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Hand tools and fabrication machines
When I was growing up, the teenager (Robert) across the street created a “Machine” to hand out candy for Halloween. Trick or Treaters would come inside their entryway and be greeted by one of his friends dressed up as a mad-scientist. The Machine was set up on the stairway, which was draped in velvet curtains (hiding, of course, a friend behind the curtain). You could select from four different types of candy and made your choice by keying in the right number via a Morse code key that beeped loud enough for the person in the back to hear it and send the proper selection down the chute. Sometimes it was too loud to hear, or the guy in the back got distracted and the wrong selection came down. For later versions of the machine, he introduced a light bulb over each candy which was connected in the back to a battery indicating what candy was picked, which helped avoid confusion.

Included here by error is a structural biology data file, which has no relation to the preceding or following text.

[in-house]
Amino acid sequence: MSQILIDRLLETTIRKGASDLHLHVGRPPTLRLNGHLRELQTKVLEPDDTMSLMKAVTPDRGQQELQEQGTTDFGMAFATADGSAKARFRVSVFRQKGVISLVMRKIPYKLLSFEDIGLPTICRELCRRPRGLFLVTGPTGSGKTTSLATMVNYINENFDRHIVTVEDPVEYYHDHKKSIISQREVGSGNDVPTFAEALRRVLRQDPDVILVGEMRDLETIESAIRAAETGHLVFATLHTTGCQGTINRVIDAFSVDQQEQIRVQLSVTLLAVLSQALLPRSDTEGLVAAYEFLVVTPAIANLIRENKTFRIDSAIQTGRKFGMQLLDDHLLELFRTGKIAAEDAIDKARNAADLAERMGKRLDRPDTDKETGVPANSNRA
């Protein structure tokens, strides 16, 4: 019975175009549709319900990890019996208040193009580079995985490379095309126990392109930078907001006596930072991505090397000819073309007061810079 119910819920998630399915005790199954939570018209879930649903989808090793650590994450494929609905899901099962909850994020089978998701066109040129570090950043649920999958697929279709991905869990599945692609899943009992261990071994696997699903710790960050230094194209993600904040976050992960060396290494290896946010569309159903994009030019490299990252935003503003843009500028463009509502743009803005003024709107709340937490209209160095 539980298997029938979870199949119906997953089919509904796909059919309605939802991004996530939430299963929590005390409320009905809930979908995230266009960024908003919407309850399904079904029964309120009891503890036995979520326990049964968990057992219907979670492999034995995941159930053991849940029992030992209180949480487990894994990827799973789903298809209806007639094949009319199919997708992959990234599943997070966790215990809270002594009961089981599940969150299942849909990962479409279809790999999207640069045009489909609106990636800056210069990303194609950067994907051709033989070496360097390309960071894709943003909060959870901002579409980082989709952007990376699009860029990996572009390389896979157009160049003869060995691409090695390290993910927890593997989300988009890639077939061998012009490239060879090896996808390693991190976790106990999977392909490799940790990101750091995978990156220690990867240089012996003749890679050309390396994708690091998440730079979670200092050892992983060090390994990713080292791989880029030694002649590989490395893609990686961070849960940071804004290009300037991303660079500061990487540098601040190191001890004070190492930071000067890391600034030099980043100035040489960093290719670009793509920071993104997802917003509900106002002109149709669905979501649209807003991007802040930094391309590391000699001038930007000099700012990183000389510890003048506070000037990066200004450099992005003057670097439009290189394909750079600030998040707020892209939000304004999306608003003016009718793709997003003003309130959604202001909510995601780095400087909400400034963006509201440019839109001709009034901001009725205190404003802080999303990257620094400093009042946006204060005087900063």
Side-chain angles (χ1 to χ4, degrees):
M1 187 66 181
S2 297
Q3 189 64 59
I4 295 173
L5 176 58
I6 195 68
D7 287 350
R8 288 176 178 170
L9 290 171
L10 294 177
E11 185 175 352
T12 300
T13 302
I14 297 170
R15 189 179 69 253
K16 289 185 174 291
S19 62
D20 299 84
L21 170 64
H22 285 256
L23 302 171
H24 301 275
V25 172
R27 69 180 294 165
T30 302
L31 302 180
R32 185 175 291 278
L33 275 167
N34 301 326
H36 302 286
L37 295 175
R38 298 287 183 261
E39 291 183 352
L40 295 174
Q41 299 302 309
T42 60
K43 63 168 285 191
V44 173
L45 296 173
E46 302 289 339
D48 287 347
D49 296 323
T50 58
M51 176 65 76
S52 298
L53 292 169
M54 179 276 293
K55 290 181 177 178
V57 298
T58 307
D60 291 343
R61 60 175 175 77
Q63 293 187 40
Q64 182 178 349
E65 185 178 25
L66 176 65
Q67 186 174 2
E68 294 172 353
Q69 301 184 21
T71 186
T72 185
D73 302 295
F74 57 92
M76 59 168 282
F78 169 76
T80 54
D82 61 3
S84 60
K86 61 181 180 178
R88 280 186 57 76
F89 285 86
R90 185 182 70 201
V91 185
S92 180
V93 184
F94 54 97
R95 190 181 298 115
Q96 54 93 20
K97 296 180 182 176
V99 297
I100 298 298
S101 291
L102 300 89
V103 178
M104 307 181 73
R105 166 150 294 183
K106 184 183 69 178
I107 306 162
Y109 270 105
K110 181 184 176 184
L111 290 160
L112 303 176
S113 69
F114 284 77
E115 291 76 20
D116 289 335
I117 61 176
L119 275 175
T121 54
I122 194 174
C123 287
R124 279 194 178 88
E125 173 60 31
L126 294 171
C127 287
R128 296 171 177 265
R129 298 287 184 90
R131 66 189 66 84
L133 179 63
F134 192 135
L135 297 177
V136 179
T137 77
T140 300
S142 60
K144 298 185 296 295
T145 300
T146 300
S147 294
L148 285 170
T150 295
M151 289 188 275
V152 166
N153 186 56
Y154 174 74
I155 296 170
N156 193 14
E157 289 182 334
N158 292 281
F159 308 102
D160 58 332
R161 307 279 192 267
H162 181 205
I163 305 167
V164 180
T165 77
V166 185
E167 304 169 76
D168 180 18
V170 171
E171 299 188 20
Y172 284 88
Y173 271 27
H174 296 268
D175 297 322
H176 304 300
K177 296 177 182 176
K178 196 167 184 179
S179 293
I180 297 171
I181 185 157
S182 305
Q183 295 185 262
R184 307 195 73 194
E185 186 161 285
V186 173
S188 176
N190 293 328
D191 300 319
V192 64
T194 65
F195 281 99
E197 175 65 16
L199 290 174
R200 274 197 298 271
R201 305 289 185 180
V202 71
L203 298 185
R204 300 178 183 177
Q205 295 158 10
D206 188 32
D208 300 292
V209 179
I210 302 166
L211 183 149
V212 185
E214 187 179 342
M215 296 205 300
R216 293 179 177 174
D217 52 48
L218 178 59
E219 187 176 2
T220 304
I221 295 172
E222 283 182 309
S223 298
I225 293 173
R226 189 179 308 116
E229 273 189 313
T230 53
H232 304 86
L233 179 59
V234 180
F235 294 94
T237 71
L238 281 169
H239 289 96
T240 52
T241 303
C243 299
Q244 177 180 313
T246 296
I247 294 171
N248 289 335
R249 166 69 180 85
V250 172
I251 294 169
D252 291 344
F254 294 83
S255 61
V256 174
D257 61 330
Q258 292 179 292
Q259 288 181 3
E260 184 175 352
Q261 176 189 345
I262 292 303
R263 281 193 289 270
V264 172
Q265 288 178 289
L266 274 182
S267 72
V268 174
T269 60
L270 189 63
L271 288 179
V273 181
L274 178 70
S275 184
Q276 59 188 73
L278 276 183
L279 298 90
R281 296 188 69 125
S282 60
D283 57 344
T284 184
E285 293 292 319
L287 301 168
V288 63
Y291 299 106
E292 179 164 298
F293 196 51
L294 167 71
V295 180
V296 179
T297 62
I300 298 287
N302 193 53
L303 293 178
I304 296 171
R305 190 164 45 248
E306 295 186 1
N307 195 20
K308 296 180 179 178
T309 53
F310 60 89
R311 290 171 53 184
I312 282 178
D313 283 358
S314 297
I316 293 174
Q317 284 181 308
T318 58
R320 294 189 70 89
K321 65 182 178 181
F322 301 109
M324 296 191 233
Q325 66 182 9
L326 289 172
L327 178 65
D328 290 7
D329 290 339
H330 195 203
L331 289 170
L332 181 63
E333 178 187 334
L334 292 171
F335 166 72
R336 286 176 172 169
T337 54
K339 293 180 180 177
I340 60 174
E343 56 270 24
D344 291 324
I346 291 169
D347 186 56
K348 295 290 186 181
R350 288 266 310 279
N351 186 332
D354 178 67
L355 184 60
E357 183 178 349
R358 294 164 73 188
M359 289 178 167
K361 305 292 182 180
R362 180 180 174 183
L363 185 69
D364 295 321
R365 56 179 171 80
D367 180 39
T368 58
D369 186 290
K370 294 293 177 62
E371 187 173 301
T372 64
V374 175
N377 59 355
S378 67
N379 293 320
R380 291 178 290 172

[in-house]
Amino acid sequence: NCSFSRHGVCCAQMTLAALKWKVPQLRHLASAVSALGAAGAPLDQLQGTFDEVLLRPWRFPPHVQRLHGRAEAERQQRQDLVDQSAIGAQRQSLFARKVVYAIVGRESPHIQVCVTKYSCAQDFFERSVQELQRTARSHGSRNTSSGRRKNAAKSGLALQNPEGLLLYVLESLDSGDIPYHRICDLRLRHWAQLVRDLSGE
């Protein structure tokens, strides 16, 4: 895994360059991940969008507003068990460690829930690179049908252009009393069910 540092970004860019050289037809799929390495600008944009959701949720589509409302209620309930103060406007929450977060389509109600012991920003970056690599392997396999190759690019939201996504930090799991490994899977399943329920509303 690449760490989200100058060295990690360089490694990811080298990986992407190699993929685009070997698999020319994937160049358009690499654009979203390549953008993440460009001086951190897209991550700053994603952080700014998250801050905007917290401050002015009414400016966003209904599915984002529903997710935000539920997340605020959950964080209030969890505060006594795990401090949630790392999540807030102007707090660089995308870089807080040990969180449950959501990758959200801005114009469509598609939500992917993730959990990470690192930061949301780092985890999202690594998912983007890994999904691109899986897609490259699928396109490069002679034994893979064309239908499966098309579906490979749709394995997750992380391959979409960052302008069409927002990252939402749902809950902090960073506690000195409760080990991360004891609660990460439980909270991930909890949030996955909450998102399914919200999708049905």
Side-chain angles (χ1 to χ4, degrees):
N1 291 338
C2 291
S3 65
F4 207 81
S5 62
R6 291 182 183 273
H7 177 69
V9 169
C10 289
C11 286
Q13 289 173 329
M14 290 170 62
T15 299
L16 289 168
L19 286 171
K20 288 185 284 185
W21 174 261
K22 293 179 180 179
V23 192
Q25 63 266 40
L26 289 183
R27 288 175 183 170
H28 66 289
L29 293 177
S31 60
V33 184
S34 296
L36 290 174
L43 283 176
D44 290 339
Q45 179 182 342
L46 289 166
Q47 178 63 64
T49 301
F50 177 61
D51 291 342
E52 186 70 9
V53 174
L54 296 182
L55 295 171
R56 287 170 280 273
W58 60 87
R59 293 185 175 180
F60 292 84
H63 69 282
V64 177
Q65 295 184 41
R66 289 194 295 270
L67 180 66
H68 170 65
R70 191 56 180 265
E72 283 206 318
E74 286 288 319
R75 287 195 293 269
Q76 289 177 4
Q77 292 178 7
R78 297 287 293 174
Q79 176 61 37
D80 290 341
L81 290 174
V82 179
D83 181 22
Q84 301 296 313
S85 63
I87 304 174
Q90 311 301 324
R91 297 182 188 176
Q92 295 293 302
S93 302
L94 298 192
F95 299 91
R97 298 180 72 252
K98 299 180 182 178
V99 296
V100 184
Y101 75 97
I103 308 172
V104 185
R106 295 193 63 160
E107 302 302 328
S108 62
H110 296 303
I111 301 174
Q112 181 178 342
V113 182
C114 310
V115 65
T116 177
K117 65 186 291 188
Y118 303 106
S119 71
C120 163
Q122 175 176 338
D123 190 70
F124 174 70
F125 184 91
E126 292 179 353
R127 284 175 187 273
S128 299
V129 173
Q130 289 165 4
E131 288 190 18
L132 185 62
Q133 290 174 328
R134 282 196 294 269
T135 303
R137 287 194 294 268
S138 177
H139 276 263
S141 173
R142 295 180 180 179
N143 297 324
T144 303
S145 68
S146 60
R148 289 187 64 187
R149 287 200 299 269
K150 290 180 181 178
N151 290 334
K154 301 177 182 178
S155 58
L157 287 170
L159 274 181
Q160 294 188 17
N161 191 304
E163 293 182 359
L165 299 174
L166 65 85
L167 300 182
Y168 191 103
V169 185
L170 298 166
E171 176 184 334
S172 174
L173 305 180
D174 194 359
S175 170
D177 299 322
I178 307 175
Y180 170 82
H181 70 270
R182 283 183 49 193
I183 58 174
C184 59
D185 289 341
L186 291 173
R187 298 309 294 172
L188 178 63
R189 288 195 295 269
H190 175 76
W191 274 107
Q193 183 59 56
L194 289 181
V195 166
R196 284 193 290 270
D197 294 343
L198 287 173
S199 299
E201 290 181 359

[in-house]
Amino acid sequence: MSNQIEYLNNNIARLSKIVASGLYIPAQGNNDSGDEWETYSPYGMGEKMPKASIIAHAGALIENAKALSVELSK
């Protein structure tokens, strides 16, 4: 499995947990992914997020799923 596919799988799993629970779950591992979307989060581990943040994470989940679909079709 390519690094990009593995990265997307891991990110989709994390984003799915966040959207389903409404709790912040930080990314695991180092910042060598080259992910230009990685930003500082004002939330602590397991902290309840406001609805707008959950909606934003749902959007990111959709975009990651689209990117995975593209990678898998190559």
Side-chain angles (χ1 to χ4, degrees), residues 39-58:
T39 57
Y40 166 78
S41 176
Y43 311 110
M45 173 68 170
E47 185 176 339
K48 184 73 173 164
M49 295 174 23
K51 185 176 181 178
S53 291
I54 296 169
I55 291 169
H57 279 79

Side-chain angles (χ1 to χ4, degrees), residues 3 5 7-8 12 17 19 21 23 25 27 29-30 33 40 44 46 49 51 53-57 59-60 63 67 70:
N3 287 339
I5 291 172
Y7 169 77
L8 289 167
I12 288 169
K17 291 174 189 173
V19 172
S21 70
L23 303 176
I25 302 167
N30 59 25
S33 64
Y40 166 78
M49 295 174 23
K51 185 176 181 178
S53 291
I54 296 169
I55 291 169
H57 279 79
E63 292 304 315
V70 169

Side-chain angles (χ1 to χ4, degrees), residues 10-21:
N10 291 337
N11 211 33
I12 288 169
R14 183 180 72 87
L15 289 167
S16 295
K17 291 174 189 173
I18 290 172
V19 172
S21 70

Eventually, Robert went to college and passed the torch to me. I made my own version of the Machine out of a cardboard box with slots and ramps taped inside and enjoyed many great years running the machine with my buddy, Jo. When I eventually went to college, the tradition of the Machine was put on hold and we went back into the dark ages, where trick or treaters were forces to accept Candy the old-fashioned way.
Finally, in 2013 light started shining again. A lot had happened in the last 25 years, including the birth of Arduino and Adafruit (as well as my kids – the new heirs to the Machine). We built V1 which finally lived up to the vision of creating a fully autonomous candy robot. It worked reasonably well, but did jam up (sometimes the candy bars couldn’t turn the corner of the PVC elbow) and would periodically freeze and need to be hard reset when a sugar-fueled trick or treater mashed all the buttons at once. We had a good run with it for 5 years. However, this year, having recently acquired an amazing Glowforge laser cutter and MarkForged carbon fiber 3D printer, we decided it was time for V2 to address some of the issues with V1.
Specifically, we wanted to:
- Make the candy dispensing bulletproof. No more jams or mis-fires.
- Improve the inter-processor communications (we used one processor to run the buttons and stepper motors, and another to run the light show). To get the timing right, they needed to talk to each other and stay in sync.
- Not freeze up when a kid hits every button within 10 ms.
- Build a more robust housing (V1 used the traditional beer box for the outer shell).